A transferrable IncL/M plasmid harboring a gene encoding IMP-1 metallo-β-lactamase in clinical isolates of Enterobacteriaceae

Nobuyoshi Mori, Tatsuya Tada, Satoshi Oshiro, Kyoko Kuwahara-Arai, Teruo Kirikae, Yuki Uehara

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1 Citation (Scopus)

Abstract

Background: The worldwide spread of carbapenemase-producing Enterobacteriaceae (CPE) has reduced the clinical utility of carbapenems. Plasmids often play an important role in the spread of genes encoding drug-resistance factors, especially in the horizontal transfer of these genes among species of Enterobacteriaceae. This study describes a patient infected with three species of CPE carrying an identical transferrable IncL/M plasmid. Methods: Clinical isolates of CPE were collected at St. Luke’s International Hospital, Tokyo, Japan, from 2015 to 2019. Three species of CPE isolates, Enterobacter cloacae, Klebsiella aerogenes and Serratia marcescens, were isolated from a patient who developed severe gallstone pancreatitis associated with bloodstream infection, with all three isolates producing IMP-1 metallo-β-lactamase. The complete sequences of the plasmids of the three isolates were determined by both MiSeq and MinION. The medical chart of this patient was retrospectively reviewed conducted to obtain relevant clinical information. Results: The three CPE species carried an IncL/M plasmid, pSL264, which was 81,133 bp in size and harbored blaIMP-1. The genetic environment surrounding blaIMP-1 consisted of int1-blaIMP-1-aac(6’)-IIc-qacL-qacEdelta1-sul1-istB-IS21. Conjugation experiments showed that S. marcescens could transmit the plasmid to E. cloacae and K. aerogenes. In contrast, pSL264 could not transfer from E. cloacae or K. aerogenes to S. marcescens. Conclusion: The IncL/M plasmid pSL264 harboring blaIMP-1 was able to transfer among different species of Enterobacteriaceae in a patient receiving long-term antimicrobial treatment. The worldwide emergence and spread of IncL/M plasmids harboring carbapenemase-encoding genes among species of Enterobacteriaceae is becoming a serious public health hazard.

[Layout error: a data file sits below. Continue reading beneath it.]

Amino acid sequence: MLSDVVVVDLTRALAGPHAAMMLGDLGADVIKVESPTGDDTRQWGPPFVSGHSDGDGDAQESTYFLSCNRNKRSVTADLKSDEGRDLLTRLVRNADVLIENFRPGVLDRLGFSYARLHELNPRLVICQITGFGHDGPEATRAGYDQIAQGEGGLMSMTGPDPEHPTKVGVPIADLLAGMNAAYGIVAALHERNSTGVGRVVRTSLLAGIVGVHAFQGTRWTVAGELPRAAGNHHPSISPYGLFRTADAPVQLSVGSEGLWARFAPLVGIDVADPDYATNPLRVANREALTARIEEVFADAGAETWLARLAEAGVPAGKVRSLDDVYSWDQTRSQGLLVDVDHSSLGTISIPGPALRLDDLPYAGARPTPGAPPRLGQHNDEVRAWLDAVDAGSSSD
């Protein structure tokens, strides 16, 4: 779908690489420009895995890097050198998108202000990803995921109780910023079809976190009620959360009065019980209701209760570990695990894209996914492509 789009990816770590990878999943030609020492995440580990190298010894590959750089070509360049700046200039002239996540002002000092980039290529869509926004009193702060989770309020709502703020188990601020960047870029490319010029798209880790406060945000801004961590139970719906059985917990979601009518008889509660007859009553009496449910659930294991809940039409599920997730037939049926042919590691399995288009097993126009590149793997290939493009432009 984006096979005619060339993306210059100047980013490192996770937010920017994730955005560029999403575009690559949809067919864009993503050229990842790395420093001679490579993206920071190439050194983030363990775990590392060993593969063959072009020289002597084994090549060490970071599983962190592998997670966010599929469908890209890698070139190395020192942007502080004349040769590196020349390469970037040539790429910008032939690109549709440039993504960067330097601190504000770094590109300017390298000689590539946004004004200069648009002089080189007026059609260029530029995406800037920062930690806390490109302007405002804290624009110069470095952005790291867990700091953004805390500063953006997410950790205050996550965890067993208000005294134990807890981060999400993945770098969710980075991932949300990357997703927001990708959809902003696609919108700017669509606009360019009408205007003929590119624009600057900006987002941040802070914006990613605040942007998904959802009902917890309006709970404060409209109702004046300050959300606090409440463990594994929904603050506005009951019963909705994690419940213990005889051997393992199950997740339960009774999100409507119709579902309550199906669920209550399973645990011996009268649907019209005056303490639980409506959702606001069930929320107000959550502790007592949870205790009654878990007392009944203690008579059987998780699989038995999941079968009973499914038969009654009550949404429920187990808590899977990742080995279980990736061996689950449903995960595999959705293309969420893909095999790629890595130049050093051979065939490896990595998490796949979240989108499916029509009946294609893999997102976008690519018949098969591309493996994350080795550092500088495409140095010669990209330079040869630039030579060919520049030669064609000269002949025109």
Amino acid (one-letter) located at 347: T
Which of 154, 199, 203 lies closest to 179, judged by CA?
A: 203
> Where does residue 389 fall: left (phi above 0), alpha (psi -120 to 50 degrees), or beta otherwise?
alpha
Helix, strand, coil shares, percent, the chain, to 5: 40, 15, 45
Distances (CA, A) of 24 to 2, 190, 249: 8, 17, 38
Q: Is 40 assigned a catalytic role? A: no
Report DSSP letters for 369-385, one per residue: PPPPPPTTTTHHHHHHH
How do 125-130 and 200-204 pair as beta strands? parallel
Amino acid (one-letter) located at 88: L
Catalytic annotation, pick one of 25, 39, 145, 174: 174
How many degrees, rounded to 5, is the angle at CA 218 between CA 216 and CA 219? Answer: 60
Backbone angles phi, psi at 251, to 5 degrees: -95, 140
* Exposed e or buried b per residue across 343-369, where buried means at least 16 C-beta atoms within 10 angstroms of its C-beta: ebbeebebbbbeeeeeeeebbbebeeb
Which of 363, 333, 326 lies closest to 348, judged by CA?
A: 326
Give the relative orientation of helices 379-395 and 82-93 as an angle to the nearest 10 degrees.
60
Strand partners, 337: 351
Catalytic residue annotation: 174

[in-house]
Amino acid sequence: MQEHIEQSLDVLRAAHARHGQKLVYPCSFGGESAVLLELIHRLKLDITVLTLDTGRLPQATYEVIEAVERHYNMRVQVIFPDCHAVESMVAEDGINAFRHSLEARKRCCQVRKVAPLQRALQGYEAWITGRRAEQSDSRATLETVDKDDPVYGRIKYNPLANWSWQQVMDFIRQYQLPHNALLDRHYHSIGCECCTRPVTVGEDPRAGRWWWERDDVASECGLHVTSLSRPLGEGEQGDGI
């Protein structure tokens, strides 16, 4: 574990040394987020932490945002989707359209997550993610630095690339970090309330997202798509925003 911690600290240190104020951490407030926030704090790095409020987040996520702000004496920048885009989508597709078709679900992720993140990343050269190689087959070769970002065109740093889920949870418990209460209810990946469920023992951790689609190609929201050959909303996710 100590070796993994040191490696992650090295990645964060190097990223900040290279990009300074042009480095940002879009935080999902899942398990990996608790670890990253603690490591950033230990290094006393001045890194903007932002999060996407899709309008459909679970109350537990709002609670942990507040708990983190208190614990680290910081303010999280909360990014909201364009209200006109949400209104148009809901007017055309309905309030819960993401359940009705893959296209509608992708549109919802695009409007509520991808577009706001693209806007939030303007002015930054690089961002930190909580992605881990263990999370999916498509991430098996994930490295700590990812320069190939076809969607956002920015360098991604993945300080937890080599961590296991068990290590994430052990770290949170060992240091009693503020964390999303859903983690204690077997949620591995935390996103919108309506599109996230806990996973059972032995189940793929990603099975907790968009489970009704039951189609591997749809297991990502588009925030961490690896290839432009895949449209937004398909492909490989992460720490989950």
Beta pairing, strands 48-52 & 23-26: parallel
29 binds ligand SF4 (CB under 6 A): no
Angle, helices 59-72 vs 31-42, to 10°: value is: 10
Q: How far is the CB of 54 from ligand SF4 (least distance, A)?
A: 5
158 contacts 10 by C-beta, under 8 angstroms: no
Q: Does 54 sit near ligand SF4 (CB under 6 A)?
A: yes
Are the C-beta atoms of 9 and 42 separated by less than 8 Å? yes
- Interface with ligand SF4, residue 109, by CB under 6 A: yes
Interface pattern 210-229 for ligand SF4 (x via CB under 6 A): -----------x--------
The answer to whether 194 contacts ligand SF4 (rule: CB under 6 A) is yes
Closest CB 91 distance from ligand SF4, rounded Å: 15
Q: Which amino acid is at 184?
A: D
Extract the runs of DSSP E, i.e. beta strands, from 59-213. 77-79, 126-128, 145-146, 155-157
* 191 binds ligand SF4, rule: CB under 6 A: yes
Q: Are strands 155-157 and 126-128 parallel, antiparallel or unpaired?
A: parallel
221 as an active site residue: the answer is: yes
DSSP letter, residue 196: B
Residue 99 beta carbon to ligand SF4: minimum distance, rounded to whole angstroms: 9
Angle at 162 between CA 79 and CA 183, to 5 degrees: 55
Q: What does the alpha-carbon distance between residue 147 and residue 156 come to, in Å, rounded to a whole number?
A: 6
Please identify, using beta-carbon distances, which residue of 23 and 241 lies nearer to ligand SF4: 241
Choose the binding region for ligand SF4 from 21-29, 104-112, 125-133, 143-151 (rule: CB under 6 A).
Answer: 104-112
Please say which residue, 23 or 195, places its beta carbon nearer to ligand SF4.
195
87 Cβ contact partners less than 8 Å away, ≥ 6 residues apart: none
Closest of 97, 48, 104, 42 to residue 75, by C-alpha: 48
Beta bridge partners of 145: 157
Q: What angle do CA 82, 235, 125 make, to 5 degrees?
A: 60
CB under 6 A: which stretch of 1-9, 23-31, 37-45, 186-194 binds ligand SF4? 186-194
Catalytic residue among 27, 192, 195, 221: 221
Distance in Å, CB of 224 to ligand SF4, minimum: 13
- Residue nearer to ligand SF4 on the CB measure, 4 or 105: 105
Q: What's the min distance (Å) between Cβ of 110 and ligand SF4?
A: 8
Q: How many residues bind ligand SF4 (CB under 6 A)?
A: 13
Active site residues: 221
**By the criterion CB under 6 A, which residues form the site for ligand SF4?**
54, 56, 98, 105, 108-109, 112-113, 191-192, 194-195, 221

Original languageEnglish
Article number1061
JournalBMC Infectious Diseases
Volume21
Issue number1
DOIs
Publication statusPublished - 12-2021
Externally publishedYes

All Science Journal Classification (ASJC) codes

  • Infectious Diseases

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